The Twenty-Two Trump Debut of Speedy Ortiz

Speedy Ortiz
Major Arcana

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Endowed with a passive-aggressive indifference (which is to say petulant, but not too) as readily evidenced by their facebook page – “band that plays shows and eats stuff” – it’s no wonder Western Massachusetts band Speedy Ortiz produce a party-angsty racket that would have fit right in back in the slacker grunge heyday of the early 90’s. There will be times, listening to Major Arcana, their debut on Carpark, where you’ll be convinced you heard this band on 120 Minutes just after Zuzu’s Petals. You might even go fishing for it on You Tube, one of those vintage videos with the quaint little printing in the lower left hand corner, blurred by time. Whereas this should almost certainly lead to an outbreak of withering criticism, callously dismissive of what’s perceived as a cynical grab at the last golden-ring era of the music industry, slamming the parade of derivations on display and going to bed in a huff, it actually, curiously, leads to a polar, and charming, opposite reaction. How’d the band pull it off? Well, mostly it’s down to the judicious choice of influences.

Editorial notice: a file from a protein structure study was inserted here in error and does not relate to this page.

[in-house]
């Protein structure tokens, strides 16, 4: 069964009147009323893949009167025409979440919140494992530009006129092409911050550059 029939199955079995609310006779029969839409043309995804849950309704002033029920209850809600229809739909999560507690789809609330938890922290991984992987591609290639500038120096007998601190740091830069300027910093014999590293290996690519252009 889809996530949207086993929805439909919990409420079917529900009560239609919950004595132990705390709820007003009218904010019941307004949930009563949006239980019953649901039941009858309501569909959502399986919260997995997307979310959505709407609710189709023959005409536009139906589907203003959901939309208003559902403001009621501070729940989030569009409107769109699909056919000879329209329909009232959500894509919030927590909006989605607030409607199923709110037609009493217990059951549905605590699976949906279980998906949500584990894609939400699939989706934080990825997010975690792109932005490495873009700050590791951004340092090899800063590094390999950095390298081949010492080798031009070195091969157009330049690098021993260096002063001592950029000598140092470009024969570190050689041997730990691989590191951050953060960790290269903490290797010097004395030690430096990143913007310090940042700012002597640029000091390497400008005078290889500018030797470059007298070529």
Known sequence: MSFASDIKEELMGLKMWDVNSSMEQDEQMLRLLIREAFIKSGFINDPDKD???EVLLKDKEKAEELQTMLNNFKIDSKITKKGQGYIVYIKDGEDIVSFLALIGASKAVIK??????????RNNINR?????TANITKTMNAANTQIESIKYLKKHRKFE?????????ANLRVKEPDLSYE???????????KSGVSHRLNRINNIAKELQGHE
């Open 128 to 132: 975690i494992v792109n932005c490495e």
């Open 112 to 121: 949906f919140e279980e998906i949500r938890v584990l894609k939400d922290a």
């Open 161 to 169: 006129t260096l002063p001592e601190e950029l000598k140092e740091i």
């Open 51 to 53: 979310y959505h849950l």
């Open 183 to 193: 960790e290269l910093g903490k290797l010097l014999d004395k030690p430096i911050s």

Though you’ll catch allusive nods to Sonic Youth – the opening harmonics on album-opener “Pioneer Spine” from classically-trained guitarist Matt Robidoux, for instance – and Pavement-y distillations abound throughout (nearly every track intimates as much though never quite with the lurching genius of Malkmus and crew), the most accurate assay of the precious ore being mined here points to a gleaming, jagged, roughly glittering alloy of The Breeders extruded through the brave vulnerability of the Throwing Muses. On “Plough,” singer Sadie Dupuis’ otherwise fem-empowered voice even slips, ever so briefly, into an unmistakable Hershian quaver.

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Despite bassist Darl Ferm’s tone being frequently pushed forward in the mix until it seems post-punk, in fact, occurred in Seattle beginning in 1989, Mike Falcone’s tightly explosive, Grohl-textured drum support, and the detours now and then down Pixie-built expressways (most notably on “Cash Cab”), our Breeding Muses hybrid also more than adequately serves as s comparative model of Speedy Ortiz’s sonic profile. Just driving and visceral enough to keep the undertow of pop complexities in balance – “Hitch” trips into existence like some long lost Trout Mask Replica outtake – Major Arcana, rather than ending up a slavish simulacrum of its on-the-sleeve influences, turns out instead to be one of the summer’s most engaging debuts.

– Dave Cantrell